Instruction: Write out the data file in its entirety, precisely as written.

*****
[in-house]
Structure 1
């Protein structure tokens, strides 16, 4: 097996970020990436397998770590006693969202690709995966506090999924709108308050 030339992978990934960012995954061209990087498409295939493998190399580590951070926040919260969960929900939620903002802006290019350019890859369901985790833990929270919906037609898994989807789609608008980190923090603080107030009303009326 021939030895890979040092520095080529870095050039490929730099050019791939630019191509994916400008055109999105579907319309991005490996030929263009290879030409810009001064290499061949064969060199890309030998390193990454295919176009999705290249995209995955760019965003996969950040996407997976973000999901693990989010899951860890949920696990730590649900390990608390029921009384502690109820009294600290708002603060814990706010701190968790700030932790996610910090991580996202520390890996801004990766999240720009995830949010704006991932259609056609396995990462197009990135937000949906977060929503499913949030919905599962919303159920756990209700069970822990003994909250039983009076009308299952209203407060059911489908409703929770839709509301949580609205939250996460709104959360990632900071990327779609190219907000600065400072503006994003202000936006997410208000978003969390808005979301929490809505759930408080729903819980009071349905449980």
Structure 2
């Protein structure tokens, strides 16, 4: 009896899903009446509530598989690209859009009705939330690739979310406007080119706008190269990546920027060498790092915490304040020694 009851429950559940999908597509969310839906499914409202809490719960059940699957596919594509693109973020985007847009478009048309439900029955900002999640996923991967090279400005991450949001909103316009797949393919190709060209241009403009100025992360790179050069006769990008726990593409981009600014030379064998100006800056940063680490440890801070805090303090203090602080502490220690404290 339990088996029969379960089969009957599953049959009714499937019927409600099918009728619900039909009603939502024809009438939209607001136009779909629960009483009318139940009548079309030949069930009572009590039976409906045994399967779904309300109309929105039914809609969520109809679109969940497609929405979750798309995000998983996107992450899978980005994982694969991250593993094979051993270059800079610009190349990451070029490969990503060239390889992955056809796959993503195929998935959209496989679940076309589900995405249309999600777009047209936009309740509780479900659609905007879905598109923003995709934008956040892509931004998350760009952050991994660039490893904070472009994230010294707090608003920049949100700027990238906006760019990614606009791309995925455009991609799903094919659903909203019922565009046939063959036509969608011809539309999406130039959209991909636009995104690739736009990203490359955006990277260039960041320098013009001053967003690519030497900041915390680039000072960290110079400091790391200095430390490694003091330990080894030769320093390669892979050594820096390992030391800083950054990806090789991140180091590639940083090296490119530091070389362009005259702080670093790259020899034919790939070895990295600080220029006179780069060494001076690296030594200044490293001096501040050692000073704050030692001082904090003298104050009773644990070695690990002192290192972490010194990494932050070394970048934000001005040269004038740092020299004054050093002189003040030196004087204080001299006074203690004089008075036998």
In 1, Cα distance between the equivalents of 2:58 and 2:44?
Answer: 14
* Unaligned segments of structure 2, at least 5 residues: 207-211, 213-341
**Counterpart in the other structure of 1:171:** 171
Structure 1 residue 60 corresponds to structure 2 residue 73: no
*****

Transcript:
[in-house]
Structure 1
């Protein structure tokens, strides 16, 4: 097996970020990436397998770590006693969202690709995966506090999924709108308050 030339992978990934960012995954061209990087498409295939493998190399580590951070926040919260969960929900939620903002802006290019350019890859369901985790833990929270919906037609898994989807789609608008980190923090603080107030009303009326 021939030895890979040092520095080529870095050039490929730099050019791939630019191509994916400008055109999105579907319309991005490996030929263009290879030409810009001064290499061949064969060199890309030998390193990454295919176009999705290249995209995955760019965003996969950040996407997976973000999901693990989010899951860890949920696990730590649900390990608390029921009384502690109820009294600290708002603060814990706010701190968790700030932790996610910090991580996202520390890996801004990766999240720009995830949010704006991932259609056609396995990462197009990135937000949906977060929503499913949030919905599962919303159920756990209700069970822990003994909250039983009076009308299952209203407060059911489908409703929770839709509301949580609205939250996460709104959360990632900071990327779609190219907000600065400072503006994003202000936006997410208000978003969390808005979301929490809505759930408080729903819980009071349905449980």
Structure 2
């Protein structure tokens, strides 16, 4: 009896899903009446509530598989690209859009009705939330690739979310406007080119706008190269990546920027060498790092915490304040020694 009851429950559940999908597509969310839906499914409202809490719960059940699957596919594509693109973020985007847009478009048309439900029955900002999640996923991967090279400005991450949001909103316009797949393919190709060209241009403009100025992360790179050069006769990008726990593409981009600014030379064998100006800056940063680490440890801070805090303090203090602080502490220690404290 339990088996029969379960089969009957599953049959009714499937019927409600099918009728619900039909009603939502024809009438939209607001136009779909629960009483009318139940009548079309030949069930009572009590039976409906045994399967779904309300109309929105039914809609969520109809679109969940497609929405979750798309995000998983996107992450899978980005994982694969991250593993094979051993270059800079610009190349990451070029490969990503060239390889992955056809796959993503195929998935959209496989679940076309589900995405249309999600777009047209936009309740509780479900659609905007879905598109923003995709934008956040892509931004998350760009952050991994660039490893904070472009994230010294707090608003920049949100700027990238906006760019990614606009791309995925455009991609799903094919659903909203019922565009046939063959036509969608011809539309999406130039959209991909636009995104690739736009990203490359955006990277260039960041320098013009001053967003690519030497900041915390680039000072960290110079400091790391200095430390490694003091330990080894030769320093390669892979050594820096390992030391800083950054990806090789991140180091590639940083090296490119530091070389362009005259702080670093790259020899034919790939070895990295600080220029006179780069060494001076690296030594200044490293001096501040050692000073704050030692001082904090003298104050009773644990070695690990002192290192972490010194990494932050070394970048934000001005040269004038740092020299004054050093002189003040030196004087204080001299006074203690004089008075036998």
In 1, Cα distance between the equivalents of 2:58 and 2:44?
Answer: 14
* Unaligned segments of structure 2, at least 5 residues: 207-211, 213-341
**Counterpart in the other structure of 1:171:** 171
Structure 1 residue 60 corresponds to structure 2 residue 73: no